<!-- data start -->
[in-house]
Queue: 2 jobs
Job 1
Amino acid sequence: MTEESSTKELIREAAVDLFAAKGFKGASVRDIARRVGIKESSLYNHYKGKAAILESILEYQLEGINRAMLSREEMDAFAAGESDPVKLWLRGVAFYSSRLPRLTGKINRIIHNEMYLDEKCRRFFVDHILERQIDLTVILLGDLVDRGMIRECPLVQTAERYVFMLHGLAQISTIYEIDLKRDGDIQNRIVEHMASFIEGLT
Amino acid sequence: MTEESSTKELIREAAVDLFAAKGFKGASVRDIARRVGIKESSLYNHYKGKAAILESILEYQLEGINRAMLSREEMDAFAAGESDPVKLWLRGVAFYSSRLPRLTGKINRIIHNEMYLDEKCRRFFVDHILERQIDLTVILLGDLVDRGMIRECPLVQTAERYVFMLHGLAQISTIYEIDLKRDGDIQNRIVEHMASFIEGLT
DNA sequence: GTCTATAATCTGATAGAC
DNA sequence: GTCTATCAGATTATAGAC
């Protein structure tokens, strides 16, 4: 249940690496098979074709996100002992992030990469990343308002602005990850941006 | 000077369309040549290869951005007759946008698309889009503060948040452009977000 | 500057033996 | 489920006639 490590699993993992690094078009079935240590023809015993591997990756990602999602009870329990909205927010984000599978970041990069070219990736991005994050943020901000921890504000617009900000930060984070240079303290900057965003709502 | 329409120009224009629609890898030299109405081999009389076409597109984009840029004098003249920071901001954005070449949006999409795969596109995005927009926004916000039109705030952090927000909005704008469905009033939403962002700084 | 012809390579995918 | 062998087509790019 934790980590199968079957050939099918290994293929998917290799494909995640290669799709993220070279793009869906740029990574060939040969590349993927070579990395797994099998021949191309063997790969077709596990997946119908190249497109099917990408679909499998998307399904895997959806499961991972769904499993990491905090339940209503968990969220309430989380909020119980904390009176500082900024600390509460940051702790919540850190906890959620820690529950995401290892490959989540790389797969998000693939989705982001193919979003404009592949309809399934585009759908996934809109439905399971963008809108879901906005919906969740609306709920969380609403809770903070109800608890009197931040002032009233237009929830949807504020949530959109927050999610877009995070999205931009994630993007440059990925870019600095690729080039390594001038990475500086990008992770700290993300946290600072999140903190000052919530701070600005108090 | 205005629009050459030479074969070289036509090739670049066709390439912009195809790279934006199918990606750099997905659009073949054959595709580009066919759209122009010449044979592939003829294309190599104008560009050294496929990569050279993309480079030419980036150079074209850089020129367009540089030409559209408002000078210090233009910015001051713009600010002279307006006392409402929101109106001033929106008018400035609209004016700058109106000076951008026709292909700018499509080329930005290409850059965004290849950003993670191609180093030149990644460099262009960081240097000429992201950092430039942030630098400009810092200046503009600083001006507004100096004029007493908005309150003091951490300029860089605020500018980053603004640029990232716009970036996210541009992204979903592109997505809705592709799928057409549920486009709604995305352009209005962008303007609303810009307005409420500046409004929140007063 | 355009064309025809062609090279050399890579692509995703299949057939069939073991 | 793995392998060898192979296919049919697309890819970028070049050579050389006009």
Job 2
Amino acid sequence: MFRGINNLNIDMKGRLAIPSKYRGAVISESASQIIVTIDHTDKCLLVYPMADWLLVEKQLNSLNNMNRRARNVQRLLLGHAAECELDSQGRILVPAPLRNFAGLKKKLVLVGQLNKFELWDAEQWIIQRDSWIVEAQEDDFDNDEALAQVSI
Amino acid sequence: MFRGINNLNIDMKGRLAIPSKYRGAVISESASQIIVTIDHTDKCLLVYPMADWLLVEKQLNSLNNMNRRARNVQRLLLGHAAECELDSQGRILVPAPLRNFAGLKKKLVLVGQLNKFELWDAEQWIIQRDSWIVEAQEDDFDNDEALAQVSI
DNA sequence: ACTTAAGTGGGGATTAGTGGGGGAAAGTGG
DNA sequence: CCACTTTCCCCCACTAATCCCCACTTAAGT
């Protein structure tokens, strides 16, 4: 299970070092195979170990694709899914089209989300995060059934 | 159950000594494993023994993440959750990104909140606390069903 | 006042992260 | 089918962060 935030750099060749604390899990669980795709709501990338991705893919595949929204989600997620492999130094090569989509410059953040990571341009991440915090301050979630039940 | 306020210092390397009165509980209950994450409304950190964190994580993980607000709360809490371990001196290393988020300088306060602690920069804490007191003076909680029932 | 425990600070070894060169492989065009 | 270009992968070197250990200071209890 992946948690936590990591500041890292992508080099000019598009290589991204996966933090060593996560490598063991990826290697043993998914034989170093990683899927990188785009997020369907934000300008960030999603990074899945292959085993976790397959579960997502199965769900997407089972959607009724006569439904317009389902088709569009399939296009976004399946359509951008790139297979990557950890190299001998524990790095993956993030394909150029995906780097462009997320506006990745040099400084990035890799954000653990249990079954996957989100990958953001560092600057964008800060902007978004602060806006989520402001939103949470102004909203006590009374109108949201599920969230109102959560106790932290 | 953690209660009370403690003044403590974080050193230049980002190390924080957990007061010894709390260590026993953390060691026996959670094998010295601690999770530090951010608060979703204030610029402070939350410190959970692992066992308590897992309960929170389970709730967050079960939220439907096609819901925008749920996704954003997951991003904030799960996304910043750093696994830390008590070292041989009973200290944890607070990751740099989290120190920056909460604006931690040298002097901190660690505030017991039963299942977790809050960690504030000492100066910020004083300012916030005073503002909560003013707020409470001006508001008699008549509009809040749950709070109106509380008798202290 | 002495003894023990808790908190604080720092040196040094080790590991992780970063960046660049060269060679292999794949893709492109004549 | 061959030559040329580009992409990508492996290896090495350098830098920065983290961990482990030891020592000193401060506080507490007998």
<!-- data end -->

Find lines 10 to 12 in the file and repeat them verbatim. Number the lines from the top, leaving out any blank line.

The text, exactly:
Amino acid sequence: MFRGINNLNIDMKGRLAIPSKYRGAVISESASQIIVTIDHTDKCLLVYPMADWLLVEKQLNSLNNMNRRARNVQRLLLGHAAECELDSQGRILVPAPLRNFAGLKKKLVLVGQLNKFELWDAEQWIIQRDSWIVEAQEDDFDNDEALAQVSI
Amino acid sequence: MFRGINNLNIDMKGRLAIPSKYRGAVISESASQIIVTIDHTDKCLLVYPMADWLLVEKQLNSLNNMNRRARNVQRLLLGHAAECELDSQGRILVPAPLRNFAGLKKKLVLVGQLNKFELWDAEQWIIQRDSWIVEAQEDDFDNDEALAQVSI
DNA sequence: ACTTAAGTGGGGATTAGTGGGGGAAAGTGG